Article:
1. Molecular data model¶
1.1. UML Diagram¶
This diagram shows relationships between the major classes that have straightforward “physical” counterparts. Note that this is a high-level view, and many details are omitted for clarity.
1.2. Object ownership¶
Molecules are composed of many both “physical” objects, including
Residues, etc.; and computational objects such as
Any object that is “owned” by a specific molecule will contain a reference to the molecule at
1.3. Lists of molecular components¶
All molecules contain a list of atoms at
mol.atoms. Each atom in this list stores its list index for easy retrieval:
>>> mol.atoms.index 42 >>> mol.atoms.index 0
These indices run from
0..(mol.num_atoms-1); the indices - and hence the order of the atoms - is stable unless the molecular structure is explicitly changed (for instance, an atom is deleted from the structure).
The same is true for the
Note that the
index attributes DO NOT correspond to anything except order in a list. Structural metadata such as PDB atom index or residue sequence index are stored in the
1.4. Building a molecule from scratch¶
Usually, you’ll build molecules either by reading them from files, or by using identifiers (PDB ids, SMILES, etc.). However, all molecule objects are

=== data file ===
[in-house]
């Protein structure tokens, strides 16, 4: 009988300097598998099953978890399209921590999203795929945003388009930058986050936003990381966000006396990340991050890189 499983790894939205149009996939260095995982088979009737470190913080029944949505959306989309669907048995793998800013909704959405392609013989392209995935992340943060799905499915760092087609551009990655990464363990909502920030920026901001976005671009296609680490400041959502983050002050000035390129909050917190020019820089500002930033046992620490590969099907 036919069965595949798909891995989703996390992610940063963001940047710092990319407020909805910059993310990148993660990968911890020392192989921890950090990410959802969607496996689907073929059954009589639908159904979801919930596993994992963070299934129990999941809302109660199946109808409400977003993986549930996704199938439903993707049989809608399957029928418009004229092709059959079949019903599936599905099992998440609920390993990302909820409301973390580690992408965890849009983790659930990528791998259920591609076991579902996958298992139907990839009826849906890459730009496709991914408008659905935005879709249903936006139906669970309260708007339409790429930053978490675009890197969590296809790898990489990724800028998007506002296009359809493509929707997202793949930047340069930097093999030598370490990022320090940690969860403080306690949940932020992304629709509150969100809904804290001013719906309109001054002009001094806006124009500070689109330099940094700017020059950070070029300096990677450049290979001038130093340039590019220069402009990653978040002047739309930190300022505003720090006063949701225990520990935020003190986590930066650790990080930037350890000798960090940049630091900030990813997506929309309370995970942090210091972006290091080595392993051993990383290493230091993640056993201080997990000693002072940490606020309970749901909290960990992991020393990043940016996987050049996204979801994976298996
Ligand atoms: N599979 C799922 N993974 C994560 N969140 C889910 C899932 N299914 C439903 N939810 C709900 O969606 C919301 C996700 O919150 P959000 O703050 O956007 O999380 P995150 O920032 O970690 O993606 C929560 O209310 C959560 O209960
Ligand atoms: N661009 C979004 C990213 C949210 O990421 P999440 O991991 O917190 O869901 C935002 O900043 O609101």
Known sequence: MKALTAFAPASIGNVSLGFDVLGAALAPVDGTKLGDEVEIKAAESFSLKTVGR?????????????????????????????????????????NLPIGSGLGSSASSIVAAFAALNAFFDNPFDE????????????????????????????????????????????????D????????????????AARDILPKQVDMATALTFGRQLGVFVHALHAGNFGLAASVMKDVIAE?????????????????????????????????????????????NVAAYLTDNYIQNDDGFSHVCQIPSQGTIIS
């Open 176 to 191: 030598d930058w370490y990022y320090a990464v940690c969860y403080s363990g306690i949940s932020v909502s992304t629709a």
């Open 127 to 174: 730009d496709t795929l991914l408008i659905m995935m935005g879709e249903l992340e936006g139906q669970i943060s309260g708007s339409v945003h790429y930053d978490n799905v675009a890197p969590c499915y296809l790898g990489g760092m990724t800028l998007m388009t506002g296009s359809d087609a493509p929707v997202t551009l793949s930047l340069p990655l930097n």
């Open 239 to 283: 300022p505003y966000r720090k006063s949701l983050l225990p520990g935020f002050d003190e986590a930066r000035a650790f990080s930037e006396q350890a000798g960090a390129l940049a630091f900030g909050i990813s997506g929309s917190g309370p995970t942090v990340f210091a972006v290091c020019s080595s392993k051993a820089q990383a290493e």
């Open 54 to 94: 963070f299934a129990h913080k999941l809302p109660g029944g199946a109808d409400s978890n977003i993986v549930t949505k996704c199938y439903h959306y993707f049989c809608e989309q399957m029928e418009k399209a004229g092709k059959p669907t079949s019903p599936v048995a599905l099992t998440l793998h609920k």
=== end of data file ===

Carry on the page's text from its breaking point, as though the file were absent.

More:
initialized, with a list of
Note that, because of this, Atom-level information is considered the “source of truth”. MDT will build the molecule’s bond topology and primary structure from the atomic attributes– specifically,
atom.chain, etc. The children of primary structure objects will be rebuilt, and all indices will be reassigned.
1.5. Editing molecules¶
What if you want to edit a molecule’s toplogy? For instance, you might want to add a bond, or delete an atom, or change a carbon to a nitrogen.
There are a few different cases for this.
1.5.1. Non-destructive editing¶
Most MDT routines that modify a molecule’s topology - e.g.,
moldesign.add_hydrogen() - will return a copy of the molecule, leaving the original unchanged. When working interactively, this means that you can apply these methods without worrying about corrupting your original molecule.
1.5.2. Destructive editing¶
This functionality is still very much in development, and you’ll need to proceed with caution; it’s definitely possible (and actually pretty easy) to put a molecule into an inconsistent state (e.g. where an atom in
For now, the easiest way to make sure your data structures are consistent is to create working copy, edit atomic attributes, then build new molecules (see Building a molecule from scratch). For instance, let’s create an alkane, then add a new bond to it:
>>> mymol = mdt.from_smiles('CCCC') >>> tempmol = mdt.Molecule(mymol) >>> tempmol.atoms.bond_graph[tempmol.atoms[-1]] = 1 >>> edited_mol = mdt.Molecule(mymol)
This is admittedly hacky, and will be replaced with a more intuitive and pythonic system.